Many companies use LPA software to manage the documentation of results from the checklists. The collected audit reports are analyzed at the end to provide an overview of trends that impact production. Immediately reporting deviations and taking action will help minimize the impact on production. In addition, the collected data can be used for future LPA checklists.



A digital solution that facilitates the implementation of LPA in manufacturing


A layered process audit system requires an efficient system to record and manage the data from a multistage process audit. The basis for a successful implementation is the optimal use of time and resources within the quality team and throughout the company. Using Lumiform's Layered Process Audit Layered software, auditors can address the following challenges:


  • Uncoordinated planning
    Regular multistage process audits, which are to be completed per shift, week or month, can be forgotten. The scheduling feature reminds quality auditors when a multistage process audit schedule is due and indicates the time window in which an LPA should be completed.

  • Audits not completed
    Audits can be perceived as a nuisance, which is why they are not given priority in day-to-day business in production. Lumiform promotes audit completion through its real-time reporting capability. The scheduling feature also shows managers if audits are overdue. Besides, each layered process audit checklist can be conveniently completed anytime, anywhere via a mobile device.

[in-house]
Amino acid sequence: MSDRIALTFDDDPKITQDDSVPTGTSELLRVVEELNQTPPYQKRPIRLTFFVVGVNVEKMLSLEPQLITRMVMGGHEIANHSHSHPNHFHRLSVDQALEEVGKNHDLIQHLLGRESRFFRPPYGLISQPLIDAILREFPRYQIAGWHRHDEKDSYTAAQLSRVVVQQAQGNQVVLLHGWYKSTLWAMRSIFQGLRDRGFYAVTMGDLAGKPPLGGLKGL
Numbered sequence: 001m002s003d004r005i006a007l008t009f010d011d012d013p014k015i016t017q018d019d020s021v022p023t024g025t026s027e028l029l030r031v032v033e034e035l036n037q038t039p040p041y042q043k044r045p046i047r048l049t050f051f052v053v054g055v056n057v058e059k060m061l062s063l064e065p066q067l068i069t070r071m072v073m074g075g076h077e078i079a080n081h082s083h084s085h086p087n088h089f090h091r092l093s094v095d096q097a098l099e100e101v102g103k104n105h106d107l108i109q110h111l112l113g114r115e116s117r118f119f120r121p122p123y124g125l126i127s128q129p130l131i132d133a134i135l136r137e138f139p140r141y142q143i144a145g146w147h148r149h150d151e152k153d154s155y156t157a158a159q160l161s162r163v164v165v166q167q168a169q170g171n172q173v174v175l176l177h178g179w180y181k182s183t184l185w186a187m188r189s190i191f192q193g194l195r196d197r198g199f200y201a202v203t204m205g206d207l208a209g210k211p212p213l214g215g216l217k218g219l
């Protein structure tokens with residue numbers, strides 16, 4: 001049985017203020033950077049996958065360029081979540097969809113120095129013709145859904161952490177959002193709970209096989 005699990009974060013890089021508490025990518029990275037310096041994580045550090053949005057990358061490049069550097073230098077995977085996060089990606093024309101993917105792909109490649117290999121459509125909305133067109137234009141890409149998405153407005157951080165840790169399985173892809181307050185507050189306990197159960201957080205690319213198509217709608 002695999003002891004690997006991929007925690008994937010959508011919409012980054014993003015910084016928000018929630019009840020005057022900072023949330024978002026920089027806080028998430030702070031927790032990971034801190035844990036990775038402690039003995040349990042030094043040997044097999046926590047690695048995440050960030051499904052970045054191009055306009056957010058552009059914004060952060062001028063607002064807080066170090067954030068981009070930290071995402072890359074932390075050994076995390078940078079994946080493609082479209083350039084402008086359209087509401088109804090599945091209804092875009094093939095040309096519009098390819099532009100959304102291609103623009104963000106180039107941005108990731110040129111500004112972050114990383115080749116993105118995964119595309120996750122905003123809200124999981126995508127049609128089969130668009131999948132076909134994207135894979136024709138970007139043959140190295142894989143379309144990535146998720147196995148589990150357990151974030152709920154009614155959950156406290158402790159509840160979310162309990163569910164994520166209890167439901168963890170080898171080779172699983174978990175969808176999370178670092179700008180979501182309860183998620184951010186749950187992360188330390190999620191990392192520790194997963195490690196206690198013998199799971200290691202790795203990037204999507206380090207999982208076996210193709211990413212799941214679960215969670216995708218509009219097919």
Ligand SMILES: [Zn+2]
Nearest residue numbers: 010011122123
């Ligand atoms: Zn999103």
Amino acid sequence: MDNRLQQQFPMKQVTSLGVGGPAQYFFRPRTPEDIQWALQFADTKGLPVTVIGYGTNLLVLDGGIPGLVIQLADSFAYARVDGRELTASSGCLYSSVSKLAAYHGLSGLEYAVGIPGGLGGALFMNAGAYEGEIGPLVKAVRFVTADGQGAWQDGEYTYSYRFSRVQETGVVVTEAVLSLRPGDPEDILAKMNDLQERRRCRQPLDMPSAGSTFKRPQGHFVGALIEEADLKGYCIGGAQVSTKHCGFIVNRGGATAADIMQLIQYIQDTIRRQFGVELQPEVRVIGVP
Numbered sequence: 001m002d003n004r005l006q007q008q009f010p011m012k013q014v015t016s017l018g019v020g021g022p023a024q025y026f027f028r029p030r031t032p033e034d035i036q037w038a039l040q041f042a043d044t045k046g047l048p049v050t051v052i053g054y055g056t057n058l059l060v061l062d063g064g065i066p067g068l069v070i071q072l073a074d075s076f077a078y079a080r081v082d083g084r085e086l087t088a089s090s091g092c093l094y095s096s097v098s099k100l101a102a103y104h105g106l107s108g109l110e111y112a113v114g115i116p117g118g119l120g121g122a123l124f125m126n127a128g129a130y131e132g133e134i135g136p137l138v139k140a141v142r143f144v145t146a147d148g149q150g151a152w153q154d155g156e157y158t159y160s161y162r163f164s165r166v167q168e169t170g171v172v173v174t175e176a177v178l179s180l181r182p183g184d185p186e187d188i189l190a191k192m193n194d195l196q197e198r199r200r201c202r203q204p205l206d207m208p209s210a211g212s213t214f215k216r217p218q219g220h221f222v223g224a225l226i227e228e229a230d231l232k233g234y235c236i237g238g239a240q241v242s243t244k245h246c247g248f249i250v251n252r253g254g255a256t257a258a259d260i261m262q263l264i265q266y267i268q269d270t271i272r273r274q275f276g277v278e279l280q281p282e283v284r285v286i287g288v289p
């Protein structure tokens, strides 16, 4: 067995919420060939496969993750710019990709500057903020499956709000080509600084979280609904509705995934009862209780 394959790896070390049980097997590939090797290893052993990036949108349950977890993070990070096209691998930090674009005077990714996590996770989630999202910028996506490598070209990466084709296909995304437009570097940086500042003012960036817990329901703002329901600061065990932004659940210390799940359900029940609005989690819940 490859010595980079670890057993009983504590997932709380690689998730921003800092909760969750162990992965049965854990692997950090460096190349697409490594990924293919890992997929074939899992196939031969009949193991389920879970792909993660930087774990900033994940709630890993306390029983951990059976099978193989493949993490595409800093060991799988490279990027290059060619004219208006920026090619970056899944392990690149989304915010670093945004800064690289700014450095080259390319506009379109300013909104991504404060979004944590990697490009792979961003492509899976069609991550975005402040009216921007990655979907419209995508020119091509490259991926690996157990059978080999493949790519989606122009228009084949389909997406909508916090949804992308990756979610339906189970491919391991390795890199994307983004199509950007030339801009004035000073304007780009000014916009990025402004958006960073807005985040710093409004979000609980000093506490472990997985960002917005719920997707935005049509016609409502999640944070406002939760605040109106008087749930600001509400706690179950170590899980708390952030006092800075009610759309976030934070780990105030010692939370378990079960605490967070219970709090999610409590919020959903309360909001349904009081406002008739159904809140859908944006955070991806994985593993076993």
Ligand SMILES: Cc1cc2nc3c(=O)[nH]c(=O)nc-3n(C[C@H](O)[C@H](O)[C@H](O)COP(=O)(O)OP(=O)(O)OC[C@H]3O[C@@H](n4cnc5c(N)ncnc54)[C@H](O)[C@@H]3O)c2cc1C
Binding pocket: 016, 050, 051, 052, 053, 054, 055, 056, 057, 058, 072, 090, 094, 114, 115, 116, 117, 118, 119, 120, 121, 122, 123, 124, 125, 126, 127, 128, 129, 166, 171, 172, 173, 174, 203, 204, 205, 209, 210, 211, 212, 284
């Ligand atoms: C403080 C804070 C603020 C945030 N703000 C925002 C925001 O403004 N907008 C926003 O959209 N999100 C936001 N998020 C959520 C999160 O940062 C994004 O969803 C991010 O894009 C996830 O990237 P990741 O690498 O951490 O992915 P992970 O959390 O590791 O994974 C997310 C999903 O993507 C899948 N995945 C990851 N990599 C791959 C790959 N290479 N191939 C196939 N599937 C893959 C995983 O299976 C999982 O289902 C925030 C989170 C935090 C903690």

• Continuing non-conformity
    Nonconformity can be overlooked if it is not reported and corrected. With the Lumiform App, it is possible to take photos and notes via a mobile device to capture any non-compliance found immediately. Besides, problems can be assigned immediate action with the appropriate urgency and deadline.

  • No follow-up or verification
    Paper-based audits are filed upon completion and later manually retrieved for review, thus losing a lot of time that could be better used for corrective action in case of nonconformities. Lumiform's layered process audits software can automatically generate reports and share them with other team members and business stakeholders via mobile devices or the desktop.

  • Disorganised records
    Lumiform enables quality managers to fill out LPAs via mobile devices and then instantly generate CEO-ready reports that are automatically organised and secured in the cloud and accessible anytime, anywhere.

  • No continuous process improvement
    Paper-based audits must be manually organised, reviewed and recorded to collect enough data for analysis. With Lumiform's analysis feature, quality staff can quickly review frequently failed checks to determine which issues need to be addressed as a priority.  They can also view trends to determine which areas are performing well and which need improvement. The evaluation also allows them to see how checks are progressing over time.